How to Ramp Up Productivity with 30-Minute Sprints
By Sandy Schroeder
Most of us stay connected using our phones to keep work projects and communications moving, but that electronic ease can become a distraction when we are focusing on specific tasks. Reports, writing, research, and planning all take some concentration if we want the product to be first rate.
Business Insider took a look at this problem and suggested using 30-minute work sessions to sharpen the focus and get the job done. Known as the Pomodoro technique, this time-management approach asks you to focus on the specific task for 25 minutes and then take a 5 minute break.
- Define the task you want to accomplish
- Set a timer for 25 minutes
- Turn off the phone and email and only work on the task at hand
- After 25 minutes take a 5 minute break
- When you do four of these sessions, take a longer break afterwards.
What 30-Minute Time Slots Do
At first this approach may seem unnecessary, but as you put it to the test you may begin to see the benefits.
Multitasking takes a hike - When you shut down email and turn off the phone the runway is completely clear to launch a task and make it soar. Instead of bouncing around, convincing yourself that multitasking really works, you can focus completely on the task at hand to push it on through.
Work becomes a sprint - Instead of strolling along in a relaxed, semi-productive work mode all day, you are now doing short sprints with breaks at the end. This approach often helps people pick up speed to turn out a lot more work.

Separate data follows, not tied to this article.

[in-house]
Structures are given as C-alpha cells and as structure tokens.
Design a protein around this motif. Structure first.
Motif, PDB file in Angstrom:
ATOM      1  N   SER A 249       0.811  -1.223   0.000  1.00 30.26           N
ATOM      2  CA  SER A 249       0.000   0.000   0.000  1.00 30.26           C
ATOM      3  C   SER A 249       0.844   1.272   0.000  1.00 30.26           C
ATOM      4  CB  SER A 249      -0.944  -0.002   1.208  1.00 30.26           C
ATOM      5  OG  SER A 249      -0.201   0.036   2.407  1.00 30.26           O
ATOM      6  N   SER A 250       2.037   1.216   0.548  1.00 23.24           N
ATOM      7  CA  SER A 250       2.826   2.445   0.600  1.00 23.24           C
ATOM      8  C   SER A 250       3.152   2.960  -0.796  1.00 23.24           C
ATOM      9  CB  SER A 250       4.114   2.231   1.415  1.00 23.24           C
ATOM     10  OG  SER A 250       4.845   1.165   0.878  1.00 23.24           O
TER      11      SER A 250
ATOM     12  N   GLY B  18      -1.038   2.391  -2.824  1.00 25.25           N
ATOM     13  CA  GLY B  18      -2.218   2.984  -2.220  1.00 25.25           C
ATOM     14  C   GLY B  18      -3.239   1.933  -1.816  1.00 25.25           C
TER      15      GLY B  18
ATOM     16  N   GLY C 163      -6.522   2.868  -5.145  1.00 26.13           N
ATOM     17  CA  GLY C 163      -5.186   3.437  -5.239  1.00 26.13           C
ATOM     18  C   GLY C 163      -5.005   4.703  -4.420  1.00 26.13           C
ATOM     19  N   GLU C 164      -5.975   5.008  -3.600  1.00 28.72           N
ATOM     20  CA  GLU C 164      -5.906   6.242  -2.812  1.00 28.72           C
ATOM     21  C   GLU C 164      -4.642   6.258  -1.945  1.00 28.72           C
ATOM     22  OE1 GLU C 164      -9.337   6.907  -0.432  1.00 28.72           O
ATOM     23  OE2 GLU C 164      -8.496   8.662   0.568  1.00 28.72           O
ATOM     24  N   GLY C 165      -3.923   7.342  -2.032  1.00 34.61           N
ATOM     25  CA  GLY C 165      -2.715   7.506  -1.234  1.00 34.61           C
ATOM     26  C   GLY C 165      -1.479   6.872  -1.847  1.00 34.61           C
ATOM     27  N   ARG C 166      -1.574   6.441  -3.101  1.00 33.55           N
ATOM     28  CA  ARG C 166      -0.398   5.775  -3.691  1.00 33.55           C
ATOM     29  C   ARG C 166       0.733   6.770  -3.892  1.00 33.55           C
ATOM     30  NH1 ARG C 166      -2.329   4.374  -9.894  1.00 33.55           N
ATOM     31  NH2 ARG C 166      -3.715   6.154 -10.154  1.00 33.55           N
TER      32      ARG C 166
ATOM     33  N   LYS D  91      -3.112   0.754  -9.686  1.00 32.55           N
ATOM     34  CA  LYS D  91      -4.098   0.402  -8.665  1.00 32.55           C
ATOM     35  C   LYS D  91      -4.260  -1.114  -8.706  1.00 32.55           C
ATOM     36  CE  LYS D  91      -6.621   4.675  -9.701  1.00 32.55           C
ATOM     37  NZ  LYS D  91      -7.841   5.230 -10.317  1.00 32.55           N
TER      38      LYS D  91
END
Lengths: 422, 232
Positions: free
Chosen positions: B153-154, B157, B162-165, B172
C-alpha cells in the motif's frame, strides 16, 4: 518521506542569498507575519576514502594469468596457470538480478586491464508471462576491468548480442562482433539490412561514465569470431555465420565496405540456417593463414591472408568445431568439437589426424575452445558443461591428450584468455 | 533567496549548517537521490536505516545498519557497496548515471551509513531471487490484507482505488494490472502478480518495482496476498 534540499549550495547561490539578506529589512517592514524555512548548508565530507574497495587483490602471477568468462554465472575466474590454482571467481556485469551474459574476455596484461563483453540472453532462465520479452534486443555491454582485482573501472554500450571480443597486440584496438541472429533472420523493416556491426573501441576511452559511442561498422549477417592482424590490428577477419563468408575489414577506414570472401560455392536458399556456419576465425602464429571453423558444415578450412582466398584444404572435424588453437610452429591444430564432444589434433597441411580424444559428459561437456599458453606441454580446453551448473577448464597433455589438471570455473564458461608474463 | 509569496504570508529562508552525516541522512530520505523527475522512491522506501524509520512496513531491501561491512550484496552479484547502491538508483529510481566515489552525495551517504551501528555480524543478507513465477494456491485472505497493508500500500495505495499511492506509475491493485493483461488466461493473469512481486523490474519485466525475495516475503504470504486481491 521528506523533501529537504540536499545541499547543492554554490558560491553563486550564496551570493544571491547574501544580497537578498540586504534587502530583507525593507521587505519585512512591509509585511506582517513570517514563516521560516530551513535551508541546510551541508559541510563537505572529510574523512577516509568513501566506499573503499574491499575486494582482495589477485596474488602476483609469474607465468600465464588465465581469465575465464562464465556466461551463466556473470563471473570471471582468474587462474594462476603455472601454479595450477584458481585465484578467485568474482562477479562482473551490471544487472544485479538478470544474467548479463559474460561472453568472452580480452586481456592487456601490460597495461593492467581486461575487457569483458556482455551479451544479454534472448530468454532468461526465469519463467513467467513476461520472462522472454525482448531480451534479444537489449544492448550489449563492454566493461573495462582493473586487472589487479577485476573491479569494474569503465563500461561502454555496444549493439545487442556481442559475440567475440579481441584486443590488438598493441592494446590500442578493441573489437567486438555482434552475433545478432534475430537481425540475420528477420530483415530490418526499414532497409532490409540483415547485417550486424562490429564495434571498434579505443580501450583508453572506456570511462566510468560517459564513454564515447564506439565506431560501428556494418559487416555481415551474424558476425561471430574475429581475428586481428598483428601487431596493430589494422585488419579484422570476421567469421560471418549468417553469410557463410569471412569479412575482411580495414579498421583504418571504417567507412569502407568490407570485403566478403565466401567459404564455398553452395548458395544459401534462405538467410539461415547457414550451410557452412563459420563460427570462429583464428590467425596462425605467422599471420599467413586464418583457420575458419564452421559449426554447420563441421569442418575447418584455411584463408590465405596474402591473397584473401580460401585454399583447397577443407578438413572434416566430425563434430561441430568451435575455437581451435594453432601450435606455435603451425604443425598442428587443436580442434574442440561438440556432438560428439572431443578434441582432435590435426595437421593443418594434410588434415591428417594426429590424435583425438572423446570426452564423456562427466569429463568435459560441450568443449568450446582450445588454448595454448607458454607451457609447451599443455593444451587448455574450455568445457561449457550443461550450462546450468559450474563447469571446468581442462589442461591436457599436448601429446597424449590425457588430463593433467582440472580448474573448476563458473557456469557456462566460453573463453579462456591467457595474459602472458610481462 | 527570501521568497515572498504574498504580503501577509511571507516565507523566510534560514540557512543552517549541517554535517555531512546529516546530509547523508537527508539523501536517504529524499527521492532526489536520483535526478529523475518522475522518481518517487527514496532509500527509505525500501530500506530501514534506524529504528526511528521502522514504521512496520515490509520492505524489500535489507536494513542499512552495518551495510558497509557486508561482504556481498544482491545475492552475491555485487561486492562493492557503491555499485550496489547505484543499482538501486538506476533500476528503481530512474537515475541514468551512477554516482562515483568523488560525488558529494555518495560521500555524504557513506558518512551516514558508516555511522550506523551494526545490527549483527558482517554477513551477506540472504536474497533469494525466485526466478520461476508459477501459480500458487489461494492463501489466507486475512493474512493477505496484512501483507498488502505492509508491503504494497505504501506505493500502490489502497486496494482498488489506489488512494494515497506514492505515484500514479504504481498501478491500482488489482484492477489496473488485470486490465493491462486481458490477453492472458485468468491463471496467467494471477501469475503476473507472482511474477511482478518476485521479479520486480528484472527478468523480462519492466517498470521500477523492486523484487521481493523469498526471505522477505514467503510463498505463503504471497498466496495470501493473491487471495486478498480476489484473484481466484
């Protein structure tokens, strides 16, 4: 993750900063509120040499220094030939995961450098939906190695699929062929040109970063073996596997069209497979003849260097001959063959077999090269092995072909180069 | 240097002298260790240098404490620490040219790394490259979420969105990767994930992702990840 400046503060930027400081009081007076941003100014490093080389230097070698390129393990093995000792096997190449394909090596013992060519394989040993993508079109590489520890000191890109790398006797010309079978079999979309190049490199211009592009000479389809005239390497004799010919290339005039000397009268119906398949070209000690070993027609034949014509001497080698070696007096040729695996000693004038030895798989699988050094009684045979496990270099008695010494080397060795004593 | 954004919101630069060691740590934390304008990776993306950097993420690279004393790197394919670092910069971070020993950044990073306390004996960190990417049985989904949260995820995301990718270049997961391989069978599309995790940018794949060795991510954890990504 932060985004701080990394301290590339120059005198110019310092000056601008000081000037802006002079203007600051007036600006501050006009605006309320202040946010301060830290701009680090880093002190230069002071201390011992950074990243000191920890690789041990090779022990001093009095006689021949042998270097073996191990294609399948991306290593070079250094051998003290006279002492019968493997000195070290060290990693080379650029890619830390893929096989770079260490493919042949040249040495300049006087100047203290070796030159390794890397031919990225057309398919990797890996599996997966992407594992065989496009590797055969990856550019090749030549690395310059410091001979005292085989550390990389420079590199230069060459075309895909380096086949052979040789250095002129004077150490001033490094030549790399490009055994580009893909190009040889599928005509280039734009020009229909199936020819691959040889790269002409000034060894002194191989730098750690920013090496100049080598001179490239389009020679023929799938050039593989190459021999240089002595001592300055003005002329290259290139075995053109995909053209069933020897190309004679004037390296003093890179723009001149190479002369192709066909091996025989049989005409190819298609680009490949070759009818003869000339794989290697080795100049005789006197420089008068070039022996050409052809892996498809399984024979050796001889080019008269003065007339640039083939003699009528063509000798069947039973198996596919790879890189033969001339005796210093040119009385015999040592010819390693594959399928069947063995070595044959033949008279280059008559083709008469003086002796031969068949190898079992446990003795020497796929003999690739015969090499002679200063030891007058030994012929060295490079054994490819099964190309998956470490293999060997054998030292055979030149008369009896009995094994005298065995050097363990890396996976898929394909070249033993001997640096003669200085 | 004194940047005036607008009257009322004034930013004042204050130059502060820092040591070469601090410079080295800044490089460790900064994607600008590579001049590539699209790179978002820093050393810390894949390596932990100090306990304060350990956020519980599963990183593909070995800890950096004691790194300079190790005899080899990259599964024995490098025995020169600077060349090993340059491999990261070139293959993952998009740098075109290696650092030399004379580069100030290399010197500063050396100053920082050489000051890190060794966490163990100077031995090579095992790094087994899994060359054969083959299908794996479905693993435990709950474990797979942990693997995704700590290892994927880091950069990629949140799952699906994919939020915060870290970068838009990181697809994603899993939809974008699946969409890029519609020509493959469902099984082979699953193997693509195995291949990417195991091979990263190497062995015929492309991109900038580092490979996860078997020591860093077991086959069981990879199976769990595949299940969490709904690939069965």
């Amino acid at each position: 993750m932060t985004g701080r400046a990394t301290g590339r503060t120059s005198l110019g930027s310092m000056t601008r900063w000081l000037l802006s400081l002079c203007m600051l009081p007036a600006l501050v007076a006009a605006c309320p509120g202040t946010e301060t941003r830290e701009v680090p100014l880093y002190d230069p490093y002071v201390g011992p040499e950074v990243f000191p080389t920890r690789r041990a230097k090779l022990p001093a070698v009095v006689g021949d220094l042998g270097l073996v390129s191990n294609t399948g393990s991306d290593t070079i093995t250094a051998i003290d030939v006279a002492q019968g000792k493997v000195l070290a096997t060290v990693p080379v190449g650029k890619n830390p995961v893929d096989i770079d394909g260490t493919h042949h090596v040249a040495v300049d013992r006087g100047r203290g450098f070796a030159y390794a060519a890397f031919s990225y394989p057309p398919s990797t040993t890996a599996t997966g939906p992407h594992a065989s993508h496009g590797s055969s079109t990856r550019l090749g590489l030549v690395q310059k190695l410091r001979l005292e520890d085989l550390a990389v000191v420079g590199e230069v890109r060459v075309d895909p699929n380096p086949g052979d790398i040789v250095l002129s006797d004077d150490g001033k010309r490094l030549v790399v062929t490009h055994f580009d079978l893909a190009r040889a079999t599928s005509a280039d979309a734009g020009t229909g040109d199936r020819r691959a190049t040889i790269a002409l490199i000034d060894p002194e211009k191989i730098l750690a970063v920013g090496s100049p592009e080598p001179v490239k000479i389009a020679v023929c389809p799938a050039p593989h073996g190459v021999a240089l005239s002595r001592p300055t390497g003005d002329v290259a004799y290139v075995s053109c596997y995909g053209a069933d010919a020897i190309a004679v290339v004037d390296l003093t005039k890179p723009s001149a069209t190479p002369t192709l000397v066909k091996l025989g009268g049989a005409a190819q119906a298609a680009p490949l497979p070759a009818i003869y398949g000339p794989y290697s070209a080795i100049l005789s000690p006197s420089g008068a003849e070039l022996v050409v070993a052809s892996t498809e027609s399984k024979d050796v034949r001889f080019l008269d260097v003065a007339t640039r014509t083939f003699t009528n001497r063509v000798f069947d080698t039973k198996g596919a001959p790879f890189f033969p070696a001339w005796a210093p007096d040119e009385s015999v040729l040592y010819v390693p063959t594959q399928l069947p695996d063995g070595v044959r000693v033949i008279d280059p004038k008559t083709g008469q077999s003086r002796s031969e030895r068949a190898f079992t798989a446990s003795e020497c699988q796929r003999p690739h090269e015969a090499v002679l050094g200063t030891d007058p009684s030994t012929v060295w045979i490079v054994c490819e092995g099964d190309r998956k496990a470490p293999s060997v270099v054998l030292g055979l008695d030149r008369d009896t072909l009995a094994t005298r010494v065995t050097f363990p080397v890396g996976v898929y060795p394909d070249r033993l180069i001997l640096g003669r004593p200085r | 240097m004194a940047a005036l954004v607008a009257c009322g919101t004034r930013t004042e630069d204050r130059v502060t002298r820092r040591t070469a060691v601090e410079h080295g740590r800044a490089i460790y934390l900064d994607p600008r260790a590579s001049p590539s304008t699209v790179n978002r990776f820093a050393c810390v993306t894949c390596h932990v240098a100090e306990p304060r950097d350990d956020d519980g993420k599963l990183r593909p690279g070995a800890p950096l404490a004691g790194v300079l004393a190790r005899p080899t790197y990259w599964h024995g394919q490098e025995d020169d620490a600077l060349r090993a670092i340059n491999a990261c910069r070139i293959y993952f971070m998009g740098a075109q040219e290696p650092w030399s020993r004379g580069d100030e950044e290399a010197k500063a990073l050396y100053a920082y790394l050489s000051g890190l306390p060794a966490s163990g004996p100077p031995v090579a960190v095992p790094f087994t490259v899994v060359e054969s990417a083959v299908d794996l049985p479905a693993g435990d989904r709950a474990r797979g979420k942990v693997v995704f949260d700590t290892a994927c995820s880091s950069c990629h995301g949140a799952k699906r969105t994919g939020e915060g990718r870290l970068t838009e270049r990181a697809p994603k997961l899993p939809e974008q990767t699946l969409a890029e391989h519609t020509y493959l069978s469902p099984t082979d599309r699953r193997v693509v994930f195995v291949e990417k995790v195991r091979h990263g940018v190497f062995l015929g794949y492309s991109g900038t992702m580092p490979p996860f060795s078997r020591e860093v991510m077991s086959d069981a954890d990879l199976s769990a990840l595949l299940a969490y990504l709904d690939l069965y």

How to Make This Happen
- Turn off desktop notifications
- Donâ€™t use your phone timer which may pull you into other tasks
- Work in a quiet closed space where you wonâ€™t be disturbed
- Use the 30 minutes to dial in on the task at hand
Take a Test Run
Pick some of your regular work projects and estimate how much time you devote to them each week.
- Marketing reports
- Writing or scripting special presentations
- Project overviews or detailed plans
- Other complex assignments that require concentration
Use the 30-minute breakout for these tasks for a week and see where you stand. Some people say they can produce the same amount of work in half the time. I worked with a woman who used this approach a lot. She moved around interacting with everyone often, but then she would shut her door and pound out a big batch of work in short order.
However the method works for you, short focused chunks of time without interruptions may prove to be one more way to get the job done well.
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